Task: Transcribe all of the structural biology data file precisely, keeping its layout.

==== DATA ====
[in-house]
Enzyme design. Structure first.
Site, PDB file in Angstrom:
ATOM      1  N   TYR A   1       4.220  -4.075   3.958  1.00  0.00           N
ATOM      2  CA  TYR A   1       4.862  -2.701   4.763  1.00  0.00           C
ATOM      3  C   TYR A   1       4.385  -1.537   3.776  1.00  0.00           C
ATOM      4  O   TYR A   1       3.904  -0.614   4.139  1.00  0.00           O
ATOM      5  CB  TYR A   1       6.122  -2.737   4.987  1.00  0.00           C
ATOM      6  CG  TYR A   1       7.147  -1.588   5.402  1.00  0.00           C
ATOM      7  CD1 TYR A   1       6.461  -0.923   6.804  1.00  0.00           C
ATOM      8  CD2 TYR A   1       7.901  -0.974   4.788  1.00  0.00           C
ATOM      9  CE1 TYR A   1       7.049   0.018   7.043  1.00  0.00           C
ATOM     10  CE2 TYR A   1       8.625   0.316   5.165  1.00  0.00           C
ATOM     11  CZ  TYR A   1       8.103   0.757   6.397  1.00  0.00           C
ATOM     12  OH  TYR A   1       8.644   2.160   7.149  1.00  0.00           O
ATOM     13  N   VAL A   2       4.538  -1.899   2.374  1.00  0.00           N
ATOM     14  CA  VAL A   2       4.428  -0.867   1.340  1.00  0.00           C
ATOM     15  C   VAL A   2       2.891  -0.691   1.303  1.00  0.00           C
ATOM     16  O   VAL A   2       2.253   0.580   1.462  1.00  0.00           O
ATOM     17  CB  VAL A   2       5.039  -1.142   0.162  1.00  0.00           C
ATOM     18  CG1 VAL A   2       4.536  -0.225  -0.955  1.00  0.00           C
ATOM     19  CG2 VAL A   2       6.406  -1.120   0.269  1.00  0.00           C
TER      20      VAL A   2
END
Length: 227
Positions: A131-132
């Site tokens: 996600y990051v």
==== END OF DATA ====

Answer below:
[in-house]
Enzyme design. Structure first.
Site, PDB file in Angstrom:
ATOM      1  N   TYR A   1       4.220  -4.075   3.958  1.00  0.00           N
ATOM      2  CA  TYR A   1       4.862  -2.701   4.763  1.00  0.00           C
ATOM      3  C   TYR A   1       4.385  -1.537   3.776  1.00  0.00           C
ATOM      4  O   TYR A   1       3.904  -0.614   4.139  1.00  0.00           O
ATOM      5  CB  TYR A   1       6.122  -2.737   4.987  1.00  0.00           C
ATOM      6  CG  TYR A   1       7.147  -1.588   5.402  1.00  0.00           C
ATOM      7  CD1 TYR A   1       6.461  -0.923   6.804  1.00  0.00           C
ATOM      8  CD2 TYR A   1       7.901  -0.974   4.788  1.00  0.00           C
ATOM      9  CE1 TYR A   1       7.049   0.018   7.043  1.00  0.00           C
ATOM     10  CE2 TYR A   1       8.625   0.316   5.165  1.00  0.00           C
ATOM     11  CZ  TYR A   1       8.103   0.757   6.397  1.00  0.00           C
ATOM     12  OH  TYR A   1       8.644   2.160   7.149  1.00  0.00           O
ATOM     13  N   VAL A   2       4.538  -1.899   2.374  1.00  0.00           N
ATOM     14  CA  VAL A   2       4.428  -0.867   1.340  1.00  0.00           C
ATOM     15  C   VAL A   2       2.891  -0.691   1.303  1.00  0.00           C
ATOM     16  O   VAL A   2       2.253   0.580   1.462  1.00  0.00           O
ATOM     17  CB  VAL A   2       5.039  -1.142   0.162  1.00  0.00           C
ATOM     18  CG1 VAL A   2       4.536  -0.225  -0.955  1.00  0.00           C
ATOM     19  CG2 VAL A   2       6.406  -1.120   0.269  1.00  0.00           C
TER      20      VAL A   2
END
Length: 227
Positions: A131-132
């Site tokens: 996600y990051v």